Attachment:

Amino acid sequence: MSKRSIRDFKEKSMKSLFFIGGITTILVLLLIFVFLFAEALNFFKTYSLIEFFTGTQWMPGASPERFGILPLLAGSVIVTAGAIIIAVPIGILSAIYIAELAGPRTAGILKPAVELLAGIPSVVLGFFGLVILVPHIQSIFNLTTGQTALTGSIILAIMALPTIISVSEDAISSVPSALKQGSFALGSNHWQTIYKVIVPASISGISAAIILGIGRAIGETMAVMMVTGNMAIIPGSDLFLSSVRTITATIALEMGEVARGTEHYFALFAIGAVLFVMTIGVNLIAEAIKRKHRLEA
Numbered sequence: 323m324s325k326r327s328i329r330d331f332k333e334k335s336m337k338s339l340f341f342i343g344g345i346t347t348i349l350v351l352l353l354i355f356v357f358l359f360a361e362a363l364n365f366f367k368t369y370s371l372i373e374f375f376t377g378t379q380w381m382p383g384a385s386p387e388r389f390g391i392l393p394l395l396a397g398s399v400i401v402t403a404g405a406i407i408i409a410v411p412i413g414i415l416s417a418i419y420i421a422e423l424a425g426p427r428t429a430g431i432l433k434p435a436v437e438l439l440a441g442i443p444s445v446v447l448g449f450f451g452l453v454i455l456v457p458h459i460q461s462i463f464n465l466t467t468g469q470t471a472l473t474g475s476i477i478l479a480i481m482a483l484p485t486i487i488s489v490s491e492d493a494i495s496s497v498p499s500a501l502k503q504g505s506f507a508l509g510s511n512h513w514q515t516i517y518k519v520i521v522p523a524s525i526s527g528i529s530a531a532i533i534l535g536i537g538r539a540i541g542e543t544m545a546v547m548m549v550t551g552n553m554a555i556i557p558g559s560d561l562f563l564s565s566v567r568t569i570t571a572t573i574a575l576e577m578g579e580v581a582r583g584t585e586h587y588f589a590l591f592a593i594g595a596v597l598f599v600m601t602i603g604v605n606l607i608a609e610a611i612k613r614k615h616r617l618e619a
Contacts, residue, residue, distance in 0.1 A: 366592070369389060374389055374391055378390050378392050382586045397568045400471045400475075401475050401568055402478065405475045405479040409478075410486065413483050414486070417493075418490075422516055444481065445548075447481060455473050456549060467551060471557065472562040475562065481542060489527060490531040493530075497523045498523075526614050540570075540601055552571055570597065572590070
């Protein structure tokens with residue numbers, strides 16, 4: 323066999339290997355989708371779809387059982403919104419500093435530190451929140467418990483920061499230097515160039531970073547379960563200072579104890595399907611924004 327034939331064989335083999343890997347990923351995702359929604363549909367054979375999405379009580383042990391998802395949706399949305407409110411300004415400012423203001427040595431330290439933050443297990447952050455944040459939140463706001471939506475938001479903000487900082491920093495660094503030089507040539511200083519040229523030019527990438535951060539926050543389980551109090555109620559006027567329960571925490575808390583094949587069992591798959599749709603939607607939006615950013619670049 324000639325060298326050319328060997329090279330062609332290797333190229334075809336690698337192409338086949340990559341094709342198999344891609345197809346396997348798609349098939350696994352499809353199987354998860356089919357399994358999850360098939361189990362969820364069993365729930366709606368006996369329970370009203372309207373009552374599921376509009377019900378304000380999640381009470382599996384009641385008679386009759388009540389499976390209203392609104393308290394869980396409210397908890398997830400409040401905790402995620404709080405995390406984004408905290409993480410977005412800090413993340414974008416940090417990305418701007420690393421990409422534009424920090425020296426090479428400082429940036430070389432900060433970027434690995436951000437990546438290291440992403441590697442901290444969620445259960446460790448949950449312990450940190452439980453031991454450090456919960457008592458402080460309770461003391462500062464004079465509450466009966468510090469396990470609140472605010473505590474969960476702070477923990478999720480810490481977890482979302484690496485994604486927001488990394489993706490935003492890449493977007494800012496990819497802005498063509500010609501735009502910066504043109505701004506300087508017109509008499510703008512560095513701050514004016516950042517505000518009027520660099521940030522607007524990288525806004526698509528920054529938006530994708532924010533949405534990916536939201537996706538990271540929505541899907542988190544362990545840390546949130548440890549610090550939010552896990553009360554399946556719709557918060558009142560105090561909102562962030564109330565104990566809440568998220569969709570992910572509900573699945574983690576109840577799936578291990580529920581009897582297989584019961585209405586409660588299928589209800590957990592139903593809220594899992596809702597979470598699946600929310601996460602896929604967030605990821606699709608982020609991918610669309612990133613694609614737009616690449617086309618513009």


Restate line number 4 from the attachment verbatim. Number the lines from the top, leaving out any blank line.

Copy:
């Protein structure tokens with residue numbers, strides 16, 4: 323066999339290997355989708371779809387059982403919104419500093435530190451929140467418990483920061499230097515160039531970073547379960563200072579104890595399907611924004 327034939331064989335083999343890997347990923351995702359929604363549909367054979375999405379009580383042990391998802395949706399949305407409110411300004415400012423203001427040595431330290439933050443297990447952050455944040459939140463706001471939506475938001479903000487900082491920093495660094503030089507040539511200083519040229523030019527990438535951060539926050543389980551109090555109620559006027567329960571925490575808390583094949587069992591798959599749709603939607607939006615950013619670049 324000639325060298326050319328060997329090279330062609332290797333190229334075809336690698337192409338086949340990559341094709342198999344891609345197809346396997348798609349098939350696994352499809353199987354998860356089919357399994358999850360098939361189990362969820364069993365729930366709606368006996369329970370009203372309207373009552374599921376509009377019900378304000380999640381009470382599996384009641385008679386009759388009540389499976390209203392609104393308290394869980396409210397908890398997830400409040401905790402995620404709080405995390406984004408905290409993480410977005412800090413993340414974008416940090417990305418701007420690393421990409422534009424920090425020296426090479428400082429940036430070389432900060433970027434690995436951000437990546438290291440992403441590697442901290444969620445259960446460790448949950449312990450940190452439980453031991454450090456919960457008592458402080460309770461003391462500062464004079465509450466009966468510090469396990470609140472605010473505590474969960476702070477923990478999720480810490481977890482979302484690496485994604486927001488990394489993706490935003492890449493977007494800012496990819497802005498063509500010609501735009502910066504043109505701004506300087508017109509008499510703008512560095513701050514004016516950042517505000518009027520660099521940030522607007524990288525806004526698509528920054529938006530994708532924010533949405534990916536939201537996706538990271540929505541899907542988190544362990545840390546949130548440890549610090550939010552896990553009360554399946556719709557918060558009142560105090561909102562962030564109330565104990566809440568998220569969709570992910572509900573699945574983690576109840577799936578291990580529920581009897582297989584019961585209405586409660588299928589209800590957990592139903593809220594899992596809702597979470598699946600929310601996460602896929604967030605990821606699709608982020609991918610669309612990133613694609614737009616690449617086309618513009």